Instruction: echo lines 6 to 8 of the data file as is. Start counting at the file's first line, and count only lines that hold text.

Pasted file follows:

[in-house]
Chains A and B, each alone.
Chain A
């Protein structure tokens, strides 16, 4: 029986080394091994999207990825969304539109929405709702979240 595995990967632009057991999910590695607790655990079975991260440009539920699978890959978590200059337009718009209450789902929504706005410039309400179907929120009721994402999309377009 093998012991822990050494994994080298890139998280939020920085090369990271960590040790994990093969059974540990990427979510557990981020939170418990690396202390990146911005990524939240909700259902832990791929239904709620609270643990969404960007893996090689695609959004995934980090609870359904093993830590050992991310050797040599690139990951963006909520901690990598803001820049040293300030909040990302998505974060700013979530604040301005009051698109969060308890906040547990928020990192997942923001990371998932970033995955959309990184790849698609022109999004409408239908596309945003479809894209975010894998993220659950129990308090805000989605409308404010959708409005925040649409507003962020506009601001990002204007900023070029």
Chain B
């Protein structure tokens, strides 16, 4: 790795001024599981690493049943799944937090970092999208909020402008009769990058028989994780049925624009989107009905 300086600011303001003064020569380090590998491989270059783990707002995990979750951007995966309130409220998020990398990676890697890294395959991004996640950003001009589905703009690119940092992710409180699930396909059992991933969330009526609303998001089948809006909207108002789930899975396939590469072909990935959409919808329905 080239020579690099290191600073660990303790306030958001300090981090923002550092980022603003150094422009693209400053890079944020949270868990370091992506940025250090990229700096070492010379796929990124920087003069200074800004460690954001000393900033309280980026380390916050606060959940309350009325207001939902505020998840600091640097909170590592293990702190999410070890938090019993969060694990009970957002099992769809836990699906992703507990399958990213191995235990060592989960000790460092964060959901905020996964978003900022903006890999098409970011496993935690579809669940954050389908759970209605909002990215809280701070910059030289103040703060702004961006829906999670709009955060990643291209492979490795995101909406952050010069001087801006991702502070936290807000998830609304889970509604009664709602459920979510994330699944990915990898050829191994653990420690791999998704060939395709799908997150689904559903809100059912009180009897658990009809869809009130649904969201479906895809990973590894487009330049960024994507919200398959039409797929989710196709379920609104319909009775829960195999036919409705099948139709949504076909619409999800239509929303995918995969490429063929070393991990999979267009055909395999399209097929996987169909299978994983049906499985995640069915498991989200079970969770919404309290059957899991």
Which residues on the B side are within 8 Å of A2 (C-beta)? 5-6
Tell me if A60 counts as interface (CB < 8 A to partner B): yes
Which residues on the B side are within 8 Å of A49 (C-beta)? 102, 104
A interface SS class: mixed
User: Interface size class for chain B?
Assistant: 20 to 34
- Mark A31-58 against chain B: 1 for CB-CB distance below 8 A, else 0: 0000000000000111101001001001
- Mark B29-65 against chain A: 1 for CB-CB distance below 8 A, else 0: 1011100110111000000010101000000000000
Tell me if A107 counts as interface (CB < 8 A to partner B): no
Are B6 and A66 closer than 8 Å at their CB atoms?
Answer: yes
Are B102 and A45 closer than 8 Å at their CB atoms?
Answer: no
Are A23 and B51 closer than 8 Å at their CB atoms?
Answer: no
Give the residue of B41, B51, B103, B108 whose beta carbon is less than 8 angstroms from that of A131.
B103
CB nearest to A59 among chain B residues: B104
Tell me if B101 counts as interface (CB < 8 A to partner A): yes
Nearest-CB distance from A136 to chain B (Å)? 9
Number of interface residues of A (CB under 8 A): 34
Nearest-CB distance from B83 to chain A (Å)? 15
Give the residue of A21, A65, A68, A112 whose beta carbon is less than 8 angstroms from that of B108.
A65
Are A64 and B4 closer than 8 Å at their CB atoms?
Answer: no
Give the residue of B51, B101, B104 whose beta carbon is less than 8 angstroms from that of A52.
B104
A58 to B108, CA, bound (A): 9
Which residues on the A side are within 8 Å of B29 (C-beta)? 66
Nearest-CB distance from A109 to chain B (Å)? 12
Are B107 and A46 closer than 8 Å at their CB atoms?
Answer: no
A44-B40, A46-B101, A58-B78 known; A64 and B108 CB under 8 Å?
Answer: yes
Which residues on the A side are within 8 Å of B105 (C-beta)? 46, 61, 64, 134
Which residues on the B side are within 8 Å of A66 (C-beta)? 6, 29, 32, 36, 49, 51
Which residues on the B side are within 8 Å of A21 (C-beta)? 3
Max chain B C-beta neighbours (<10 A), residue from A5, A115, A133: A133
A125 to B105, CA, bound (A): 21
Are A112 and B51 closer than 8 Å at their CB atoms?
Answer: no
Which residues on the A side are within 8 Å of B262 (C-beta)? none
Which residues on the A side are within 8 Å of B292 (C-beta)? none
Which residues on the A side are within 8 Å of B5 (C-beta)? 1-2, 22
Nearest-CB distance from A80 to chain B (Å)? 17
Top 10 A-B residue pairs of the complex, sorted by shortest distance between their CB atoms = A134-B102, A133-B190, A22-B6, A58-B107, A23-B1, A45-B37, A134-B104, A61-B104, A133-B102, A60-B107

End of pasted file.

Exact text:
């Protein structure tokens, strides 16, 4: 790795001024599981690493049943799944937090970092999208909020402008009769990058028989994780049925624009989107009905 300086600011303001003064020569380090590998491989270059783990707002995990979750951007995966309130409220998020990398990676890697890294395959991004996640950003001009589905703009690119940092992710409180699930396909059992991933969330009526609303998001089948809006909207108002789930899975396939590469072909990935959409919808329905 080239020579690099290191600073660990303790306030958001300090981090923002550092980022603003150094422009693209400053890079944020949270868990370091992506940025250090990229700096070492010379796929990124920087003069200074800004460690954001000393900033309280980026380390916050606060959940309350009325207001939902505020998840600091640097909170590592293990702190999410070890938090019993969060694990009970957002099992769809836990699906992703507990399958990213191995235990060592989960000790460092964060959901905020996964978003900022903006890999098409970011496993935690579809669940954050389908759970209605909002990215809280701070910059030289103040703060702004961006829906999670709009955060990643291209492979490795995101909406952050010069001087801006991702502070936290807000998830609304889970509604009664709602459920979510994330699944990915990898050829191994653990420690791999998704060939395709799908997150689904559903809100059912009180009897658990009809869809009130649904969201479906895809990973590894487009330049960024994507919200398959039409797929989710196709379920609104319909009775829960195999036919409705099948139709949504076909619409999800239509929303995918995969490429063929070393991990999979267009055909395999399209097929996987169909299978994983049906499985995640069915498991989200079970969770919404309290059957899991």
Which residues on the B side are within 8 Å of A2 (C-beta)? 5-6
Tell me if A60 counts as interface (CB < 8 A to partner B): yes